How to handle yourself while handling a crisis

"Whatever the situation, how you conduct yourself during the crisis will be just as important as how you handle it overall," say political strategists Adrienne Elrod and Susan Del Percio.
From left to right: Political strategist Adrienne Elrod, Know Your Value founder and "Morning Joe" co-host Mika Brzezinski, political strategist Susan Del Percio
From left to right: Adrienne Elrod, Mika Brzezinski, Susan Del PercioTravis W Keyes

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By Susan Del Percio and Adrienne Elrod

Bam! There it is, out of nowhere you are faced with what you know is a more than an average problem. There is pit in your stomach. You know immediate action is required, but there is no clear-cut answer. Simply put, you are facing a crisis.

Dealing with a crisis on a professional or personal level is a challenge like no other. We know. For years people have hired us to handle their political or corporate crisis communications. And, like millions of people, we have had our fair share of personal issues as well. Whatever the situation, how you conduct yourself during the crisis will be just as important as how you handle it overall.

First, take a breath and process the situation. This could mean taking a five-minute walk outside, listening to music or playing a computer game. Whatever you choose, it’s critical to break away from everyone else and take a few minutes to collect yourself. Beyond that, every crisis is unique with its own mixed bag of next steps. So how should you handle yourself?

Susan’s experience: On a campaign you are never alone. Once, I was working on a campaign when I received some troubling news. I had to step away – or risk saying some very inappropriate things. It was raining, so I ducked into a drug store. Wandering through the aisles at a loss, I ended up buying a couple bags of candy, returned to the office and started handing it out. Turns out, it’s very hard to hand out candy and be angry. It gave me the opportunity I needed to cool down, collect my thoughts and figure out next steps.

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The next step is to take decisive action. This does not mean act quickly and shoot from the hip. It means, collect all of the information you need in order to make a decision. Once you make your decision - stand by it. After all, if you don’t appear to be fully behind your position, no one else will be either.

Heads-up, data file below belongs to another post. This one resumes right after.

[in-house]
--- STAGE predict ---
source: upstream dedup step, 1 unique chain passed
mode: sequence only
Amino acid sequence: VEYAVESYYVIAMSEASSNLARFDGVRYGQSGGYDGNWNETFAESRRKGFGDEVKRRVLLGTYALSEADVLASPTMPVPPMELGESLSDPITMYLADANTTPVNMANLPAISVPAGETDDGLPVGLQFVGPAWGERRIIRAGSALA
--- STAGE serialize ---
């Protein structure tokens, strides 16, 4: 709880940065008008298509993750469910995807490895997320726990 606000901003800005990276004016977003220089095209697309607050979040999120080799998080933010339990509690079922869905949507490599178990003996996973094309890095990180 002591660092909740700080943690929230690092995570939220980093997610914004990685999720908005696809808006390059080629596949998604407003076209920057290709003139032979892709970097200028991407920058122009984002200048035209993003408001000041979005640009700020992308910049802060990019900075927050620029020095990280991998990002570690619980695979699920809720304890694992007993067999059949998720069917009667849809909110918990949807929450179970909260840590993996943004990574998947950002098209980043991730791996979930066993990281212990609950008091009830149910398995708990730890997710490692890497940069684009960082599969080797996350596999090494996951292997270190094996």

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Adrienne’s experience: I worked for a member of Congress who had a significant amount of funds embezzled from her campaign account by her campaign treasurer. Upon learning this, we immediately developed a plan – both from a legal and communications standpoint – and stuck to it. There were times we became overly frustrated, and times we wanted to deviate from our strategy. But in the end, sticking to a concrete plan paid off.

How you move on from a crisis is often its own challenge. We reached out to Brynne Craig, campaign manager for Beyond Carbon and a senior aide on both Hillary Clinton’s 2016 campaign and Barack Obama’s 2008 campaign, to reflect on one of her experiences.

Brynne’s experience: In 2008, we knew that GOTV (Getting Out the Vote) was critical. After a couple of dry runs the campaign recognized the lack of volunteer strength in one particular area of Cleveland, and just like that, we had a crisis. But, I didn’t approach it as such. I saw it as a problem that needed to be solved. I’ve dealt with many problems in my career, some solvable and some not, but it’s important to establish at the beginning what is the ideal resolution.

And so, within the week we had shifted partners into the weak areas and the problem was solved. A crisis is fundamentally a time-urgent problem – the energy so many people waste fretting over a crisis is energy better spent solving the problem.

For me, holding on to a crisis doesn’t register. I think we get through it – and move on to the next thing.

Take a beat, be decisive, make a plan and then move on. This is the formula for handling yourself during a crisis. One other item we all agree on: never, ever lie. In our business there is a saying, if more than one person knows, 10 people will soon find out. The last thing you want to do is hurt your own credibility by trying to cover something up, because credibility is something you rarely get back.

In the end, how you handle a crisis is often seen as a reflection of who you are. Whether you’re at work or at home, your boss and your friends will respect you, as long as you handle the situation in a thoughtful and honorable manner.

Susan Del Percio is a New York-based Republican strategist and Adrienne Elrod is a Washington, D.C.-based Democratic strategist. Their column, "Politicking for Success," appears bi-weekly on NBC News' Know Your Value.